This law is written with two significant limitations to consider:

  1. Statute of Limitations. Prosecutors must press charges within seven years of the commission of the alleged crime;
  2. Attorney General Certification. For this particular crime to be prosecuted, the Attorney General must certify in writing that prosecuting the case is "in the public interest and necessary to secure substantial justice."

What Are the Penalties for Damaging Religious Property?

18 U.S.C. 247 lists a wide range of possible penalties for damaging religious property, taking into account the circumstances and extent of the damage. In order of severity:

  • For standard incidents of damage with no aggravating circumstances: the crime is considered a misdemeanor, punishable by no more than one year in jail and fines up to $100,000;
  • If the total damage exceeds a value of $5000: the maximum penalty is three years in prison and fines up to $250,000;
  • If a bodily injury occurs as a result of the incident, or if a dangerous weapon is used or threatened to be used: the maximum penalty is up to 20 years in prison and fines up to $250,000;
  • If a bodily injury occurs during the incident as a result of using explosives or fire: the maximum penalty is 40 years in prison and fines up to $250,000;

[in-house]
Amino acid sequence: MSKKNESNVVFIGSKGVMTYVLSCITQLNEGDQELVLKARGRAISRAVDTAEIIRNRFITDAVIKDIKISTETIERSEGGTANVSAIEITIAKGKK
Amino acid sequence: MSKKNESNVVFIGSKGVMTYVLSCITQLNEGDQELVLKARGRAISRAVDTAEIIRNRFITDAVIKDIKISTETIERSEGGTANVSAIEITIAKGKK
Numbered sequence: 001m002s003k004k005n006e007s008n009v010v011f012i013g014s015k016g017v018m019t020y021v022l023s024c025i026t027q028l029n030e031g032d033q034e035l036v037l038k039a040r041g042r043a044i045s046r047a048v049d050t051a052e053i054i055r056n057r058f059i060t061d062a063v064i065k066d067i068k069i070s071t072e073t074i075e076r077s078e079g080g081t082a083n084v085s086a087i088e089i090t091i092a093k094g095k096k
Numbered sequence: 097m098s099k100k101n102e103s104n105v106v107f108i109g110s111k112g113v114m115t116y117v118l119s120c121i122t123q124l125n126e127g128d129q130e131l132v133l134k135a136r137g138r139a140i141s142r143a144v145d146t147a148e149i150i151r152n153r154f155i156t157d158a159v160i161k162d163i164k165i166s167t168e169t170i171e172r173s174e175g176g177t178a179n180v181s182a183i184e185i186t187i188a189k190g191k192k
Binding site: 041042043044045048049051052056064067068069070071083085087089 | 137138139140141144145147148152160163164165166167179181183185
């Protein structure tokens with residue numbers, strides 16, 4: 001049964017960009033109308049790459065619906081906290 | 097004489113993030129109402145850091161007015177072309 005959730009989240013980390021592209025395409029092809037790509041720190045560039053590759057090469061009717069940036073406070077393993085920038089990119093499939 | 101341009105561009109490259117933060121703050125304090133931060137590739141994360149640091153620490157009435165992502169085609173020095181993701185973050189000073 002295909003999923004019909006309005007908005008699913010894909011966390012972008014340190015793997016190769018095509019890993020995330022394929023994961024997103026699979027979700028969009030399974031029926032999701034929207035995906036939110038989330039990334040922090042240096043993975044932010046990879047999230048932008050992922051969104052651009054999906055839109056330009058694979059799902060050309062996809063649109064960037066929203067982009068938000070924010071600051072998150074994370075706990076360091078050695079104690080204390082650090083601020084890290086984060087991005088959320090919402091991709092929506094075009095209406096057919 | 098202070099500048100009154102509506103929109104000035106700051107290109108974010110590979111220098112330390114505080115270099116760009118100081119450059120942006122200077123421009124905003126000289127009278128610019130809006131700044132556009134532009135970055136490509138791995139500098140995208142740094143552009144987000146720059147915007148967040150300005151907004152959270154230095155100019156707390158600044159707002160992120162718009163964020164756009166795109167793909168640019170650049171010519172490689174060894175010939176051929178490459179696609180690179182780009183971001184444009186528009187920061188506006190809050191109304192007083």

• If the incident results in someone's death, the maximum sentence goes up to life in prison and, in some cases, death.

What Are the Common Defenses?

Because damaging religious property is a hate crime, other than proving that you were the person who caused the damage, prosecutors have one difficult element to prove to convict you of this crime: intent.

Defenses for Damage to Religious Property

They must demonstrate that their actions were intentional, racially motivated, or directed against that form of religious expression.

This can be pretty challenging. If you can show that your actions were accidental or that you had no religious or racial motive, you may be able to beat the charge or at least have your charge downgraded to a lesser offense.

The crime of damaging religious property carries severe penalties for anyone convicted. You can contact our law firm to review the case details and legal options if you have been charged with a federal crime.

We have the necessary experience with the federal criminal justice system to develop an effective defense to give you the best chance at a favorable outcome.

Contact us by phone or fill out the contact form for a case evaluation. Eisner Gorin LLP are federal criminal defense lawyers in Los Angeles, California.